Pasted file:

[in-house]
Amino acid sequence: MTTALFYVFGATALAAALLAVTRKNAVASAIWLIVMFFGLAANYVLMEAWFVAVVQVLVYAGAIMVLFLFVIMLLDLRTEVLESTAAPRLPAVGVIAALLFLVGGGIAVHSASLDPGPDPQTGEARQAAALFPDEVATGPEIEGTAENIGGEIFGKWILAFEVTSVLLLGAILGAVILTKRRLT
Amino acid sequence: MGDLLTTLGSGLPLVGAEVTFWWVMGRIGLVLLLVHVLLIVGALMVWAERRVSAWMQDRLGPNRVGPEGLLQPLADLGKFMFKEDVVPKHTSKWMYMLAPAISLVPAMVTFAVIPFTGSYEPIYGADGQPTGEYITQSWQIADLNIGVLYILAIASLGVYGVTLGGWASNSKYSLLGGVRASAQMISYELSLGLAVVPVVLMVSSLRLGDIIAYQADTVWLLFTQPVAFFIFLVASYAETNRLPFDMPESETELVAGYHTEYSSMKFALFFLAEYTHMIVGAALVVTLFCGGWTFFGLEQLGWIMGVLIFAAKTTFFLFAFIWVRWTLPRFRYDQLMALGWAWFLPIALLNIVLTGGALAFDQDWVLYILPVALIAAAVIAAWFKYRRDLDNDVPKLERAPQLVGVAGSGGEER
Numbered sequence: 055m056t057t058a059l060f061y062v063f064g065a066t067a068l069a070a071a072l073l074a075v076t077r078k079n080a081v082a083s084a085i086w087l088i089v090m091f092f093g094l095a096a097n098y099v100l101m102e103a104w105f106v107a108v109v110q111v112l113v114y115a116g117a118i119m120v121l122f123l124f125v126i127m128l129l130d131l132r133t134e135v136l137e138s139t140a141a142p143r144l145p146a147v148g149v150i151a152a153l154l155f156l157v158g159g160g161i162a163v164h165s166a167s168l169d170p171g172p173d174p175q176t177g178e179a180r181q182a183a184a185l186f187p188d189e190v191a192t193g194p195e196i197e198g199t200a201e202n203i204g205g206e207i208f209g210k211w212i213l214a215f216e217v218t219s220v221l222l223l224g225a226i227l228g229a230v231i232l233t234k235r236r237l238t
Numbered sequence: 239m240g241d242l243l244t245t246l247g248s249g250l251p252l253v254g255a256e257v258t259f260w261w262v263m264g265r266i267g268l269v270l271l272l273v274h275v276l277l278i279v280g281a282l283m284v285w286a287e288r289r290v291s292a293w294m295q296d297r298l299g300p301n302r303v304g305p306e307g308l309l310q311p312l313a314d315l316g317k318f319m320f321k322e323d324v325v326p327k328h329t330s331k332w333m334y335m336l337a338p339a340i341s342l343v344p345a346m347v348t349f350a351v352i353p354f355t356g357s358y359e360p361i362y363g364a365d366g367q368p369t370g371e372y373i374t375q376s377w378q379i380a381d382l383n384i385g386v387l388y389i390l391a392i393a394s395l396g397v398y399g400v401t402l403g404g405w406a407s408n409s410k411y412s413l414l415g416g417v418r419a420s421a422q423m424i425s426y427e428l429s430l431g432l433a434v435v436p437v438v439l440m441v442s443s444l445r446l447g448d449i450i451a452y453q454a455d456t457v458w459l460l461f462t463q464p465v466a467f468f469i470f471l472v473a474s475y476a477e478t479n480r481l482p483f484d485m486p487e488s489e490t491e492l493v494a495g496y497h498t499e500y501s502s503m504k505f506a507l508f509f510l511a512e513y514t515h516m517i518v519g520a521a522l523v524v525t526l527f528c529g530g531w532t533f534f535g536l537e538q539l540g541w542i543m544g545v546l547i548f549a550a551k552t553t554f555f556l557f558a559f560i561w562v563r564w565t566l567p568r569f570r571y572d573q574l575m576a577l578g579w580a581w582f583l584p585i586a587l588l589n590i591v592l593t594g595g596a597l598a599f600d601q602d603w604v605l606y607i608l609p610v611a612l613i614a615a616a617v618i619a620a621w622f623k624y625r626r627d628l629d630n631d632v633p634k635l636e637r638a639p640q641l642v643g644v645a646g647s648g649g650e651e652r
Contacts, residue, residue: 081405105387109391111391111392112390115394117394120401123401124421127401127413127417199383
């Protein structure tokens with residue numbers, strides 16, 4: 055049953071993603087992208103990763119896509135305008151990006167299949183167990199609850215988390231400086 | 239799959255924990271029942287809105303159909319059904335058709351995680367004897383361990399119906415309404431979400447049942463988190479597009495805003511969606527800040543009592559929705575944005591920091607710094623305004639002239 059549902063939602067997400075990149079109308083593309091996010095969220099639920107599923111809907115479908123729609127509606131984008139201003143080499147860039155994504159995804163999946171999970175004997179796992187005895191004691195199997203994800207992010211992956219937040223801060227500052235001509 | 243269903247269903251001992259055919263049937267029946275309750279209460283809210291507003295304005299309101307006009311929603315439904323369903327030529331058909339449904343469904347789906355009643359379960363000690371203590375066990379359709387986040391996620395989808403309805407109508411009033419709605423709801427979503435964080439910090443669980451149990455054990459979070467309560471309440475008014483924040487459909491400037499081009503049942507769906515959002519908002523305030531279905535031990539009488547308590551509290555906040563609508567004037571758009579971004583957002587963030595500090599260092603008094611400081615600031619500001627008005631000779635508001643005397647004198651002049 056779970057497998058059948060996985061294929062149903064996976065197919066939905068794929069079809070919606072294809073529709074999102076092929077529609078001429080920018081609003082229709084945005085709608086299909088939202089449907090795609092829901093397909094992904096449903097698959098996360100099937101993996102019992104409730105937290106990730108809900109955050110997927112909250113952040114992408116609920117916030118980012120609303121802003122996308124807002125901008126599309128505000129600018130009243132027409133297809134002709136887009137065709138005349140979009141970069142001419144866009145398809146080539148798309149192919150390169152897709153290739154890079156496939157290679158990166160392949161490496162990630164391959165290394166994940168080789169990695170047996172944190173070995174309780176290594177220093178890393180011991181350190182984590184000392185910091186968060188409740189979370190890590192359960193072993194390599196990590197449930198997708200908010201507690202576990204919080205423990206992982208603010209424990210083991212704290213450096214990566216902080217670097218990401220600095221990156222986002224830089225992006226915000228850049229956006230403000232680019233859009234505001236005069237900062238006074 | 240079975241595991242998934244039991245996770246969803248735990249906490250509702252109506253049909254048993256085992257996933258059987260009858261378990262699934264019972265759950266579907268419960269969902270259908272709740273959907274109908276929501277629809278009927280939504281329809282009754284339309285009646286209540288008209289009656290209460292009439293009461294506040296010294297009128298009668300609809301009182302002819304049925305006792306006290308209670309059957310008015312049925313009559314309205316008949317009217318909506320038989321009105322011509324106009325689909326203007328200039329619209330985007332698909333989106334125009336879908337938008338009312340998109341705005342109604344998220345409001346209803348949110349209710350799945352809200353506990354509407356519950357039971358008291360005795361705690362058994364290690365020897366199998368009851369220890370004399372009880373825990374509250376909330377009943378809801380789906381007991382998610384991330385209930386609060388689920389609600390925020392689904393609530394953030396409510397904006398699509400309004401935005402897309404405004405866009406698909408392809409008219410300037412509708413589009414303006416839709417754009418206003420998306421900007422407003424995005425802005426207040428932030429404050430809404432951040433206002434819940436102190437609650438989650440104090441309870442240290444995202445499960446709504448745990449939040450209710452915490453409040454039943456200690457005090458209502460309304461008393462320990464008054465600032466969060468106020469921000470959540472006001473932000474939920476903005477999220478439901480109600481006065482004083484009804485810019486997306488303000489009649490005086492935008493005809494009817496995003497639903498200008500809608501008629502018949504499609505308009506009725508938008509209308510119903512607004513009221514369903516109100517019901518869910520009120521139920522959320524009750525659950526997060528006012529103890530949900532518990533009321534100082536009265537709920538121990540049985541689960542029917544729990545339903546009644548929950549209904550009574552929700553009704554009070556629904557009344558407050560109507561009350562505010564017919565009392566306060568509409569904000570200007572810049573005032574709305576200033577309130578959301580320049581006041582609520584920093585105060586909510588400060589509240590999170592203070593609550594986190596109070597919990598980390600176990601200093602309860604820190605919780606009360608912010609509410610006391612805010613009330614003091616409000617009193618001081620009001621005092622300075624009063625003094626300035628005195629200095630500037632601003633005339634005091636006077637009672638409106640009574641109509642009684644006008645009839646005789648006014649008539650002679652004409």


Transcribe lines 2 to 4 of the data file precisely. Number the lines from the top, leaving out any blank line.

Amino acid sequence: MTTALFYVFGATALAAALLAVTRKNAVASAIWLIVMFFGLAANYVLMEAWFVAVVQVLVYAGAIMVLFLFVIMLLDLRTEVLESTAAPRLPAVGVIAALLFLVGGGIAVHSASLDPGPDPQTGEARQAAALFPDEVATGPEIEGTAENIGGEIFGKWILAFEVTSVLLLGAILGAVILTKRRLT
Amino acid sequence: MGDLLTTLGSGLPLVGAEVTFWWVMGRIGLVLLLVHVLLIVGALMVWAERRVSAWMQDRLGPNRVGPEGLLQPLADLGKFMFKEDVVPKHTSKWMYMLAPAISLVPAMVTFAVIPFTGSYEPIYGADGQPTGEYITQSWQIADLNIGVLYILAIASLGVYGVTLGGWASNSKYSLLGGVRASAQMISYELSLGLAVVPVVLMVSSLRLGDIIAYQADTVWLLFTQPVAFFIFLVASYAETNRLPFDMPESETELVAGYHTEYSSMKFALFFLAEYTHMIVGAALVVTLFCGGWTFFGLEQLGWIMGVLIFAAKTTFFLFAFIWVRWTLPRFRYDQLMALGWAWFLPIALLNIVLTGGALAFDQDWVLYILPVALIAAAVIAAWFKYRRDLDNDVPKLERAPQLVGVAGSGGEER
Numbered sequence: 055m056t057t058a059l060f061y062v063f064g065a066t067a068l069a070a071a072l073l074a075v076t077r078k079n080a081v082a083s084a085i086w087l088i089v090m091f092f093g094l095a096a097n098y099v100l101m102e103a104w105f106v107a108v109v110q111v112l113v114y115a116g117a118i119m120v121l122f123l124f125v126i127m128l129l130d131l132r133t134e135v136l137e138s139t140a141a142p143r144l145p146a147v148g149v150i151a152a153l154l155f156l157v158g159g160g161i162a163v164h165s166a167s168l169d170p171g172p173d174p175q176t177g178e179a180r181q182a183a184a185l186f187p188d189e190v191a192t193g194p195e196i197e198g199t200a201e202n203i204g205g206e207i208f209g210k211w212i213l214a215f216e217v218t219s220v221l222l223l224g225a226i227l228g229a230v231i232l233t234k235r236r237l238t